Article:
Rules of Argentinian Street “Futbol”

Pelota I don’t know what you do when you are waiting for a plane. I usually work, read, but also check internet sites and social networks. Some days ago, I was in the lounge, waiting for a plane, and someone posted the rules of argentinian street football (that thing the “americans” call soccer and the argentinians call “futbol”). It was funny to remember how I used to play that way, so I took the liberty to translate those rules into english so people can learn more about the argentinian culture through one of our favorite sports.

  • The Fat guy is always the goalkeeper
  • If there’s no Fat guy, goalkeeper changes with every goal, but the most “boludo” ends up being the goalkeeper
  • If there’s a penalty, the goalkeeper changes from the Fat guy to a good goalkeeper
  • The match finishes only when everybody is tired
  • It doesn’t matter if a team is winning by 20 to 0, the one that scores the last goal wins
  • There’s no referee
  • If there’s no blood, there’s no foul
  • Nobody simulates a foul, the one that does that is a “puto”
  • There’s no off-side
  • The two best players cannot play for the same team
  • Whoever shoots the ball out of the field needs to go and get it back
  • If there’s no agreement if a goal is valid, it’s decided with a penalty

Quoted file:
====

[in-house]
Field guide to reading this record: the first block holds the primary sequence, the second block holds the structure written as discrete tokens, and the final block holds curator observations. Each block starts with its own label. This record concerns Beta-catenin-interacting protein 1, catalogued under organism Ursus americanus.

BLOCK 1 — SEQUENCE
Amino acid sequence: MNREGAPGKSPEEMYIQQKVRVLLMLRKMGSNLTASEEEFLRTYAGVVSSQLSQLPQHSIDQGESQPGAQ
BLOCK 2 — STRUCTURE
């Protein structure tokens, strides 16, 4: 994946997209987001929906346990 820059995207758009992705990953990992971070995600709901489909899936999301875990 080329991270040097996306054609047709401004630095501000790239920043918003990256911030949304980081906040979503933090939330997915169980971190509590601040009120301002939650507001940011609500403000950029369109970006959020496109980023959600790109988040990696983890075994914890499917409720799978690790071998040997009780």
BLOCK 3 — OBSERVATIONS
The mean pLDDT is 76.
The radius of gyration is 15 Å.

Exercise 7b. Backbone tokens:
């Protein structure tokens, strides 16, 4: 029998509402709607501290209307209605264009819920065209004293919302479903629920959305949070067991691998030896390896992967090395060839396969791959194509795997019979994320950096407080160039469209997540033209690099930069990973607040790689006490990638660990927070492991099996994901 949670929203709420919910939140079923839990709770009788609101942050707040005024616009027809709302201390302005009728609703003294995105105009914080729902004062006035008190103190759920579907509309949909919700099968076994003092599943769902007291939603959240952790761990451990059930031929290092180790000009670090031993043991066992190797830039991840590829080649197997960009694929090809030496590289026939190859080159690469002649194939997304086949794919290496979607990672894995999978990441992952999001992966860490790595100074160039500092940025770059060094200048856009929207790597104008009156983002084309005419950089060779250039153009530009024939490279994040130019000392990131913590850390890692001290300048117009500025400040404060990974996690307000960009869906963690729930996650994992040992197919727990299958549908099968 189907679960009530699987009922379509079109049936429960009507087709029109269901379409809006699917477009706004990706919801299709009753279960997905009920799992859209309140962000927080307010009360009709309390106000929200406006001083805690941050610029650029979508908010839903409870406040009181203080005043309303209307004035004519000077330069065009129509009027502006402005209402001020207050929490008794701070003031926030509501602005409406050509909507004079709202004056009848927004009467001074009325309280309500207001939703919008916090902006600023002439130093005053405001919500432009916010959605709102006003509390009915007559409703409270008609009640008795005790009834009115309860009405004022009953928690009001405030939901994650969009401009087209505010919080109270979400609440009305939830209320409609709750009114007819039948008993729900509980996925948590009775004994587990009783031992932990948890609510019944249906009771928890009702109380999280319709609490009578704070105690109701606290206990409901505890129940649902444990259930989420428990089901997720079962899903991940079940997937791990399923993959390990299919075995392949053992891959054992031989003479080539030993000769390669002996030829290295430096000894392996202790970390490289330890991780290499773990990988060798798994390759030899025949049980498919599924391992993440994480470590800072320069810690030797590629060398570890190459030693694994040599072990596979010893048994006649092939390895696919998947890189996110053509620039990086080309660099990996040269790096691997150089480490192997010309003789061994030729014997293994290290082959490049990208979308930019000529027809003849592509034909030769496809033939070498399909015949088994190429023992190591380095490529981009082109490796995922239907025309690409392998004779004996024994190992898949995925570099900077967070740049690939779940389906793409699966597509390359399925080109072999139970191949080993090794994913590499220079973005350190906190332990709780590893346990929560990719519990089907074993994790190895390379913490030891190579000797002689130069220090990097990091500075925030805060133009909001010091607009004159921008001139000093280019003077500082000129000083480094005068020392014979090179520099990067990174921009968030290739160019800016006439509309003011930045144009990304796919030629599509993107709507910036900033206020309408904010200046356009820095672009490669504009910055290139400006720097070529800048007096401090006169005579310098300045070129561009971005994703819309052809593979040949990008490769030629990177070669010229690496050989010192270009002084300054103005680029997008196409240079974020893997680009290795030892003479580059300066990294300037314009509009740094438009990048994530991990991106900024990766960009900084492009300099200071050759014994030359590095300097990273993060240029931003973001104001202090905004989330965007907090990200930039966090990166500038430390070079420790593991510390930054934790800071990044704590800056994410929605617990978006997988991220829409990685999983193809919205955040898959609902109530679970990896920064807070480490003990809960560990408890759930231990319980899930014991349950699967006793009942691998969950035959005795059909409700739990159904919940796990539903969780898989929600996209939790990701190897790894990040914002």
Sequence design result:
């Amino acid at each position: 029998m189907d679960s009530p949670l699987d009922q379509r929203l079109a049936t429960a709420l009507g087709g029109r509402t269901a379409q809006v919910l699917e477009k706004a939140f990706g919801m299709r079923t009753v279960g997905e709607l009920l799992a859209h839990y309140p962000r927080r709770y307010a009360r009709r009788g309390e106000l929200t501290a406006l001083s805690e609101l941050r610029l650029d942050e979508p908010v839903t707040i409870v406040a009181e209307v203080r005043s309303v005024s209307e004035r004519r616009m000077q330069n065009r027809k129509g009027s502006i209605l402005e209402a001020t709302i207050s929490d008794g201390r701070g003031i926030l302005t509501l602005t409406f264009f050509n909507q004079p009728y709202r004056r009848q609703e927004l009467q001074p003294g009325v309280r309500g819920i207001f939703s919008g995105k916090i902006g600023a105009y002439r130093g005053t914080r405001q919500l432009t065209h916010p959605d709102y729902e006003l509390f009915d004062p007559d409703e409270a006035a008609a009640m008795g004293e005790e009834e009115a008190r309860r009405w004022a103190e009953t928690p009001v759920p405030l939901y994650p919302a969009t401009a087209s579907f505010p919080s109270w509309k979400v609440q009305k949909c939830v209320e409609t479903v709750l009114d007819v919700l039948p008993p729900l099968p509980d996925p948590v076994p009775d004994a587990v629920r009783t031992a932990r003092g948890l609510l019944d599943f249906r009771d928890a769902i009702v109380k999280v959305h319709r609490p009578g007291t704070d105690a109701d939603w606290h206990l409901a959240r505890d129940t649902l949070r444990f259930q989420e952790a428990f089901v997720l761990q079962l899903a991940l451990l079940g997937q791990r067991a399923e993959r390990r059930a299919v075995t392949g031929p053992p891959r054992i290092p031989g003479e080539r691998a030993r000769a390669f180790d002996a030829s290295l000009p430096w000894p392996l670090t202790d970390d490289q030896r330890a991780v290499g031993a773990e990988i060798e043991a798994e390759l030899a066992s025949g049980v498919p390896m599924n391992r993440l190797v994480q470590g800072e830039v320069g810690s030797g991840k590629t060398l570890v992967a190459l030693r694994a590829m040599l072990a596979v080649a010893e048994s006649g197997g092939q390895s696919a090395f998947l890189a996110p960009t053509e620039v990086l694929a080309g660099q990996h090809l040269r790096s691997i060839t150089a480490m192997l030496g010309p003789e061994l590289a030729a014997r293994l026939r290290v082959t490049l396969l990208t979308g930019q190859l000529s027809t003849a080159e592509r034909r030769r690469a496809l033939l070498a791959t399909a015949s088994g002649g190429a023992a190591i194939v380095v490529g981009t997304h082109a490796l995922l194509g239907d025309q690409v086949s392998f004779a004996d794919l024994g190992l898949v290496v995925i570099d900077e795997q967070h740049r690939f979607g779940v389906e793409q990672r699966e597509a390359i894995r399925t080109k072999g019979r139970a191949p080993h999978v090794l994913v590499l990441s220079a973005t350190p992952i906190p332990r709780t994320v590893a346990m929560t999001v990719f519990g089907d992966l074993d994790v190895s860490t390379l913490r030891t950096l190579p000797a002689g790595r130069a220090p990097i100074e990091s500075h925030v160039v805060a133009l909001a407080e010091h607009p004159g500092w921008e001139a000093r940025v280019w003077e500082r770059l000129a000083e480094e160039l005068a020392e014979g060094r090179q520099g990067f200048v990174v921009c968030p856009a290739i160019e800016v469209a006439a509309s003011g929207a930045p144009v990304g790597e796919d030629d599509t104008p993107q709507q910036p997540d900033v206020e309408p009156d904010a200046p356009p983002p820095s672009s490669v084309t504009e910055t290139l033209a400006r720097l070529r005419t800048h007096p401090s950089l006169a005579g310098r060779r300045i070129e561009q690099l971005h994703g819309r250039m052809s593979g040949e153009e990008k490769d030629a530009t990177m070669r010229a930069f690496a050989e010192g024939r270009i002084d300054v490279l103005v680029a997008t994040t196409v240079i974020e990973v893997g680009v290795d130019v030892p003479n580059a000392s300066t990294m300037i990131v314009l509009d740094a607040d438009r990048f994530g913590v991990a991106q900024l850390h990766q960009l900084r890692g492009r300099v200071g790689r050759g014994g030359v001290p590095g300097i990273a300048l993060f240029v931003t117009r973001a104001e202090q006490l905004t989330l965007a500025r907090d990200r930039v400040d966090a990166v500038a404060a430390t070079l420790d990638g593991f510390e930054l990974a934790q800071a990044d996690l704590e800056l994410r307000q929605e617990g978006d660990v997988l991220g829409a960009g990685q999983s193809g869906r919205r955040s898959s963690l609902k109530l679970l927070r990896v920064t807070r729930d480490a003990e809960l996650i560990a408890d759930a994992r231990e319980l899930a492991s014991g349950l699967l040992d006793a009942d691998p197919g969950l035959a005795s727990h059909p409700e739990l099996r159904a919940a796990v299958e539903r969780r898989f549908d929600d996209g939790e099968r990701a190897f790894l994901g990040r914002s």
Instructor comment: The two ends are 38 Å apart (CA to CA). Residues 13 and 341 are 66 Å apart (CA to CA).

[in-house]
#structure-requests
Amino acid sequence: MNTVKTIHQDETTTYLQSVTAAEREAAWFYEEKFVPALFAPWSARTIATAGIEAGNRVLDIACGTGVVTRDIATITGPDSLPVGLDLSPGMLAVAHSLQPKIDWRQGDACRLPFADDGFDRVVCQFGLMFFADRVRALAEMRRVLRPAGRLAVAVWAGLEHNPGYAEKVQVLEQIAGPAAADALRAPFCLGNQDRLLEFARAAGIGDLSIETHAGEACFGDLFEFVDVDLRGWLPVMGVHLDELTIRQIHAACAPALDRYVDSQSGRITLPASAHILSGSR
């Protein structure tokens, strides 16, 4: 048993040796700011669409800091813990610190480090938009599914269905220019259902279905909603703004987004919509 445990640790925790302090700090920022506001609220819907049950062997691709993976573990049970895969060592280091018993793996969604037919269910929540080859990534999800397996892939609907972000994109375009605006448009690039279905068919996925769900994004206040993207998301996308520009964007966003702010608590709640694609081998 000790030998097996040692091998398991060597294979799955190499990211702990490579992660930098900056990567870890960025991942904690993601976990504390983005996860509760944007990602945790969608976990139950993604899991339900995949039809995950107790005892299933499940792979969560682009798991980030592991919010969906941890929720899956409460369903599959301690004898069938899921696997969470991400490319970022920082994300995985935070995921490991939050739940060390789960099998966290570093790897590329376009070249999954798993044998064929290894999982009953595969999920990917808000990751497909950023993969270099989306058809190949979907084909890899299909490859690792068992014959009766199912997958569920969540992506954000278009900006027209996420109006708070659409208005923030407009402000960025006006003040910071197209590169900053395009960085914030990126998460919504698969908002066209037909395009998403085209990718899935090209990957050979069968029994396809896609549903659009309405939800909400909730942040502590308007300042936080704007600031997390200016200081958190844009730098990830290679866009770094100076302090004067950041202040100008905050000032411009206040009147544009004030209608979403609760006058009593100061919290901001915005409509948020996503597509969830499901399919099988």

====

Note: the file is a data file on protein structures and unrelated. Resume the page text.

• There’s no crossbar in the goal, the height of the goal is determined by the height of the goalkeeper
  • There’s always one that’s called to have lunch (or dinner) by his mother
  • You need to pay attention to the cars that might come by the street
  • The prize for the winner is a Coke; nobody pays it
  • If there’s no ball, you can make one out of socks
  • There’s always one that complains because all his teammates go to the attack but never come back to defend
  • There are constant debates because the own goal is bigger than the rival’s one
  • The goal’s posts are made by hoodies
  • There’s the goalkeeper that likes to dribbles and ends up losing the ball
  • The “morfon” that never passes the ball, never gets the ball from his teammates
  • If the owner of the ball gets angry (i.e., because nobody passes him the ball), he leaves with the ball and the game ends
  • Goal from behind the mid-field line isn’t valid
  • If someone holds the ball for too long and someone hits him, it’s his fault for holding the ball too long
  • The ball is still in play even if it bounces against a tree, monument, the wall or whatever other thing around
  • The game isn’t suspended by rain
  • If the one that plays better arrives late to the match (and the teams are even at that time), the more “boludo” gets replaced by the best player
  • If the one that plays worst arrives late, he doesn’t get to play because the teams are already complete
  • You celebrate the goals as if you are winning the World Cup final

These rules apply to playing football in a park, as well. Basically, anytime we play in any place that’s not an actual football field 😛

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About ignaciosb

An expat who lives in airports and works in many things at an information security company
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